Cookbook:Beet

Cookbook | Recipes | Ingredients | Vegetable

Beets

The beet, sometimes called beetroot to distinguish it from the less commonly-eaten leafy green upper part, is a root crop with an intense purple-red color similar to veinous blood. Beet juice is commonly used for coloring or dyeing.

CharacteristicsEdit

Beets have a uniquely strong, sweet flavor. Young beets, about 1½ inches in diameter, are fine textured, tender, and excellent in salads. Medium and large size beets are good for cooking; very large roots are too woody for eating regardless of cooking method.

Selection and storageEdit

Which ever size of beets you choose, look for smooth, hard, uniformly round beets that are free of cuts and bruises. If applicable, remove the beet greens and use immediately. Store beets with their tops chopped off in individual plastic bags in the coolest part of the refrigerator—these should last up to one week. Wash and scrub the beets before cooking. Beets peel best after cooking, and they will stain many things they come into contact with—wear gloves if you wish to avoid stained hands.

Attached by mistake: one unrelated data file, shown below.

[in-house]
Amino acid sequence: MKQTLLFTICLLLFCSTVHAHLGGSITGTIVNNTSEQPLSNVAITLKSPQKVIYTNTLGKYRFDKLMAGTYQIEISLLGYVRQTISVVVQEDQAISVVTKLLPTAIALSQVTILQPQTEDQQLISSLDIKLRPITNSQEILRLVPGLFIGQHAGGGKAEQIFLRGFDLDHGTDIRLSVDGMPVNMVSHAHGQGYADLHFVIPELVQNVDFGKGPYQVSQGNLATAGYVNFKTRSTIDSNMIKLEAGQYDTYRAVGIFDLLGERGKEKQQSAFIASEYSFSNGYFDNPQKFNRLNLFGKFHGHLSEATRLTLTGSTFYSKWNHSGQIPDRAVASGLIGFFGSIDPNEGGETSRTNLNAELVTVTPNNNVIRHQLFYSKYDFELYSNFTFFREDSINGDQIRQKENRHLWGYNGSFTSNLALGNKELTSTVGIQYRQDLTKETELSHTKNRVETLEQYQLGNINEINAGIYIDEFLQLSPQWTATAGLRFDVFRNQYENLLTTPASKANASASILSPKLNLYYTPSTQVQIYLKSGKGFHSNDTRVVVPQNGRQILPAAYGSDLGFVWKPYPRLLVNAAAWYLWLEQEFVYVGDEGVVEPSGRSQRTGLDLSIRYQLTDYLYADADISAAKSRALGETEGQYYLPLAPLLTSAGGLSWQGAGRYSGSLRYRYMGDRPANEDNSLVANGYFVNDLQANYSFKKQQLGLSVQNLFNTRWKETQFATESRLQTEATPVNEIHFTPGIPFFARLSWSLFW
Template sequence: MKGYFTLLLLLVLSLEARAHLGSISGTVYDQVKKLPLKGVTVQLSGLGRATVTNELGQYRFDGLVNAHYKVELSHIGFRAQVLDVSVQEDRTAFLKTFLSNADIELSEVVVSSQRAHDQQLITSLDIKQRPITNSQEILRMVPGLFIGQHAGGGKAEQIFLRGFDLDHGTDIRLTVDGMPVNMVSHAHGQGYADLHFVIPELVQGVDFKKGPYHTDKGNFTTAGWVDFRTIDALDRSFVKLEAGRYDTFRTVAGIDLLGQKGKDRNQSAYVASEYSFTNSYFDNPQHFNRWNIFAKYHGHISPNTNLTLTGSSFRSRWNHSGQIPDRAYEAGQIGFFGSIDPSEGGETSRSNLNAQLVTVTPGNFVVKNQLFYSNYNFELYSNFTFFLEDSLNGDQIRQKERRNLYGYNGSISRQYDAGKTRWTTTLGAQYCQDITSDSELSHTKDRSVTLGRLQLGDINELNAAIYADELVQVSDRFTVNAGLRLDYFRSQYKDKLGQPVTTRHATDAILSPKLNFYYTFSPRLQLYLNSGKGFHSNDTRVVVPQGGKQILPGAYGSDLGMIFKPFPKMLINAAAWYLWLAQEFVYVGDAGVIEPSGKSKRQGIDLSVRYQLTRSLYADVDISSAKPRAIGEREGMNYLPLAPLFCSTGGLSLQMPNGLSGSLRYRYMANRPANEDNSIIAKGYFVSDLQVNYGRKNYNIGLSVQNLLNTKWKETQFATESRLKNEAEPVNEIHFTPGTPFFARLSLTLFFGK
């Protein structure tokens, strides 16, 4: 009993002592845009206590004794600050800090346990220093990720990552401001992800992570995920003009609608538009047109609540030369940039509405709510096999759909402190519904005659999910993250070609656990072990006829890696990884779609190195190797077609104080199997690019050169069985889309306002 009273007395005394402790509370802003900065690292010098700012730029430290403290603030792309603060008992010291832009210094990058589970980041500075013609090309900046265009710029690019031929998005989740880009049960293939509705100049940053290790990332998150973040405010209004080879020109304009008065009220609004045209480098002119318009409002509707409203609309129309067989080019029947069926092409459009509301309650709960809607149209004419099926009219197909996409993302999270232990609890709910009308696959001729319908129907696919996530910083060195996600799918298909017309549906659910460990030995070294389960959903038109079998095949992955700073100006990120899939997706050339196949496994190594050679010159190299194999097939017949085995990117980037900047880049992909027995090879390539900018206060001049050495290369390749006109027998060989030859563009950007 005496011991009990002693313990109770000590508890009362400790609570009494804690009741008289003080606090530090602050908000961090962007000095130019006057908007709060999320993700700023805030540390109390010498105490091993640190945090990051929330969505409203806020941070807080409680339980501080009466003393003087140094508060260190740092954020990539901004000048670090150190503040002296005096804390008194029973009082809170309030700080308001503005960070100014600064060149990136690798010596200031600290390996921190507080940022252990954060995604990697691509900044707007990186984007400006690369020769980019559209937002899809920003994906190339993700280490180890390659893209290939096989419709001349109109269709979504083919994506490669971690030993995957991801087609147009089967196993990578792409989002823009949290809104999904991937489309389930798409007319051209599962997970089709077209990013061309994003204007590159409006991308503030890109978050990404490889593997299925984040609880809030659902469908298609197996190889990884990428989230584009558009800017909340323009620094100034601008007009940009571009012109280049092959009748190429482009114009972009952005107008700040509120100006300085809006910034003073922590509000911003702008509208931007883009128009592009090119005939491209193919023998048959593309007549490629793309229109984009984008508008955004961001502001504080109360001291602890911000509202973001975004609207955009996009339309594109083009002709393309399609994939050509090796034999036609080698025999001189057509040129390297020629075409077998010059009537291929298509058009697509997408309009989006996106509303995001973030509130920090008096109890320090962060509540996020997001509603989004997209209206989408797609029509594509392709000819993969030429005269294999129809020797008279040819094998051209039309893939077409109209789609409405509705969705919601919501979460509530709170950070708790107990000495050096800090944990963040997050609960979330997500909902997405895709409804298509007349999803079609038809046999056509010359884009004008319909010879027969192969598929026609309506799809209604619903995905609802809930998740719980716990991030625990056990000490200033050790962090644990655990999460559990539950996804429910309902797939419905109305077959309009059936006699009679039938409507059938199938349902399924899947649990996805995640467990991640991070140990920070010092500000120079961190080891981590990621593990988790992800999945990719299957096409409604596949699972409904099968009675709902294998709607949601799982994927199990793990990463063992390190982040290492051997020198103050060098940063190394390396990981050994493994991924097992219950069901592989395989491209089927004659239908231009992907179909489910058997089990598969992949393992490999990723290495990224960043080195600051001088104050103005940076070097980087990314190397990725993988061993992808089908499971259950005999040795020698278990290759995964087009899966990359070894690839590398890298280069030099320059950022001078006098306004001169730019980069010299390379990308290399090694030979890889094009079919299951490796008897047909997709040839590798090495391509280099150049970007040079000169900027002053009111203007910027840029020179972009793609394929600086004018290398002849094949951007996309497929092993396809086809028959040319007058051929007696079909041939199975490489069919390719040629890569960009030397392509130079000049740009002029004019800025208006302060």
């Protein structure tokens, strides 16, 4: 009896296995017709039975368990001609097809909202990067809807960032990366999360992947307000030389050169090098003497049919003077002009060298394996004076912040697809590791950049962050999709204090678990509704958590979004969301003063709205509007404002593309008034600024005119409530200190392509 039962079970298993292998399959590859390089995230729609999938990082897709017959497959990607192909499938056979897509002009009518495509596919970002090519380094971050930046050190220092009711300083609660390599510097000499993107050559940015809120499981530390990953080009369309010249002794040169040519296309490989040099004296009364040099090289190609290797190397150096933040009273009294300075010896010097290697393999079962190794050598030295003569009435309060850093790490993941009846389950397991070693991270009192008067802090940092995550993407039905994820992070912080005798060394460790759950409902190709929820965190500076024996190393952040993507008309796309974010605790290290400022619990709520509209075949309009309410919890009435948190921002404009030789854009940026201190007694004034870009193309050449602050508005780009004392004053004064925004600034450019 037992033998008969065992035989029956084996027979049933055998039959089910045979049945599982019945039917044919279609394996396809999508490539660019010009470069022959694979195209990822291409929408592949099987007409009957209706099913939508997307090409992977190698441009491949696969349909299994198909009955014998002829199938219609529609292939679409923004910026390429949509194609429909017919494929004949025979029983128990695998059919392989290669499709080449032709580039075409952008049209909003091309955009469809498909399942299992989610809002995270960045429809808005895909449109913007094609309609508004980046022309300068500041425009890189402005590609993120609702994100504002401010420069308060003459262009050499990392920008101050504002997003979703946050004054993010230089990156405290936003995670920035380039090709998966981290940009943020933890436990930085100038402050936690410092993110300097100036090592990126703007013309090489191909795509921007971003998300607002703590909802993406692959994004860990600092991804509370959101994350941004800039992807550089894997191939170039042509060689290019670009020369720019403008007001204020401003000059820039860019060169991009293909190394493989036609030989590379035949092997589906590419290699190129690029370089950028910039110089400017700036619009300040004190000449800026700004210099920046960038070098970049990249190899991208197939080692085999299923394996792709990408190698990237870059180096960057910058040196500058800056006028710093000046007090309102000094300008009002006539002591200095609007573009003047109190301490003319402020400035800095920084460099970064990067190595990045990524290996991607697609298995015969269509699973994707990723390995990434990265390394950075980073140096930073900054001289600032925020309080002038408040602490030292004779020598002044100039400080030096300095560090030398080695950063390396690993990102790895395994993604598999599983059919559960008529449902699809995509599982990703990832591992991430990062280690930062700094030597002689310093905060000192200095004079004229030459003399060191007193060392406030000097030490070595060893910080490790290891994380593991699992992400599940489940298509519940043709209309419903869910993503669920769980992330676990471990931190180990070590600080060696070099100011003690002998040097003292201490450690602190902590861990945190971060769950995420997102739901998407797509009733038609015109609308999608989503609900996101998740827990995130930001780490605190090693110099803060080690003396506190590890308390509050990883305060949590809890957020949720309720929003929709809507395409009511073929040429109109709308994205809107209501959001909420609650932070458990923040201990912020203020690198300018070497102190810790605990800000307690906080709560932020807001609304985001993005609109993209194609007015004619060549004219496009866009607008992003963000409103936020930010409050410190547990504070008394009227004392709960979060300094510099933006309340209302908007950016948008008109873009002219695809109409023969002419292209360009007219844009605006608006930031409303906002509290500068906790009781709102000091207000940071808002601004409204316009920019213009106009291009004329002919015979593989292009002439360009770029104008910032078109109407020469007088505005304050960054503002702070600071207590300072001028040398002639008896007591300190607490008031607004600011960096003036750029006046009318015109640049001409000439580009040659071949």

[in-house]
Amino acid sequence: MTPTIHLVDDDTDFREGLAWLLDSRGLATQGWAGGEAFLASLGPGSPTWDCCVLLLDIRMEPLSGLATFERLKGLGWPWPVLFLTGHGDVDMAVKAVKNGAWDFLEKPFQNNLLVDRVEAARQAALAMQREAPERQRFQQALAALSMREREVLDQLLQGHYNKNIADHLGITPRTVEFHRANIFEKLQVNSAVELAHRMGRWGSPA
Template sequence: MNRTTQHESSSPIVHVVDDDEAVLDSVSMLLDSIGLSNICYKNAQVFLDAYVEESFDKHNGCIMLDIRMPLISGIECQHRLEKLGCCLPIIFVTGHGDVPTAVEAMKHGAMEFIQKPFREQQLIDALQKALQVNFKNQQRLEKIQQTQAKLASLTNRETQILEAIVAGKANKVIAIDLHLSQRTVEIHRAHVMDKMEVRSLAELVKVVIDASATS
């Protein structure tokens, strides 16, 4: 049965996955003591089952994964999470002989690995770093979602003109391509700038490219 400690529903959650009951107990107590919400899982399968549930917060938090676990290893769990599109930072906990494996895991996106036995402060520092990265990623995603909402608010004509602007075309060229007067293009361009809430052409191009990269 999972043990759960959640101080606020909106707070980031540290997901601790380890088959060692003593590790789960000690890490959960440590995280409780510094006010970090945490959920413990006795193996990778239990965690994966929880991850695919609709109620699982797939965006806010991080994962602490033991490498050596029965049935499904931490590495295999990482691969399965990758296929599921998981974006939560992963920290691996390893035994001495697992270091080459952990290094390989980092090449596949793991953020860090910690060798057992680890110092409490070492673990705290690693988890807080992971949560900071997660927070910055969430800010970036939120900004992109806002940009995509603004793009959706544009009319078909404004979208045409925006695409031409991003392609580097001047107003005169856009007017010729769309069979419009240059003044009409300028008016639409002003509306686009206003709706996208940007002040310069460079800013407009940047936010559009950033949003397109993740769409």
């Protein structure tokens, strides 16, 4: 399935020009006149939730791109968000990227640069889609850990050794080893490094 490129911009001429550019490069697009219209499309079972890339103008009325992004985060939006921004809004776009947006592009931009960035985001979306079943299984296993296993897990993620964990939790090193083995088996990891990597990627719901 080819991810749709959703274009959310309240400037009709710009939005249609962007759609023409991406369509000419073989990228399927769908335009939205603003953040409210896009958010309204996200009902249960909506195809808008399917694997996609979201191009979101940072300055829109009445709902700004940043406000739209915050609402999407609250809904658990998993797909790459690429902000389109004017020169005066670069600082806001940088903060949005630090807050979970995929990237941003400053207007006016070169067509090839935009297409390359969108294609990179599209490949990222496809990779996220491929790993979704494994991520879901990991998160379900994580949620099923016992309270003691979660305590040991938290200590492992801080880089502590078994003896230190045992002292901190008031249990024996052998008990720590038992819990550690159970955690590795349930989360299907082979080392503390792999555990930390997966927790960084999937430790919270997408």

UsesEdit

Cooked beets can be sliced and served as a vegetable on one side of a plate. They are often used in Eastern European soups. Beets may be pickled, but most beets are sold fresh (sometimes peeled and pre-cooked) or canned. Beets are a common source of refined white sugar, which is known as "beet sugar".

SeasonalityEdit

Seasonality tables|Autumn|Winter|Spring|Summer|All year
Beet Jan Feb Mar Apr May Jun Jul Aug Sep Oct Nov Dec
Northern hemisphere                        
Southern hemisphere                        

Beetroot has a long season that starts in the summer and lasts through the winter. [1][2]

External LinksEdit

Recipes using beetsEdit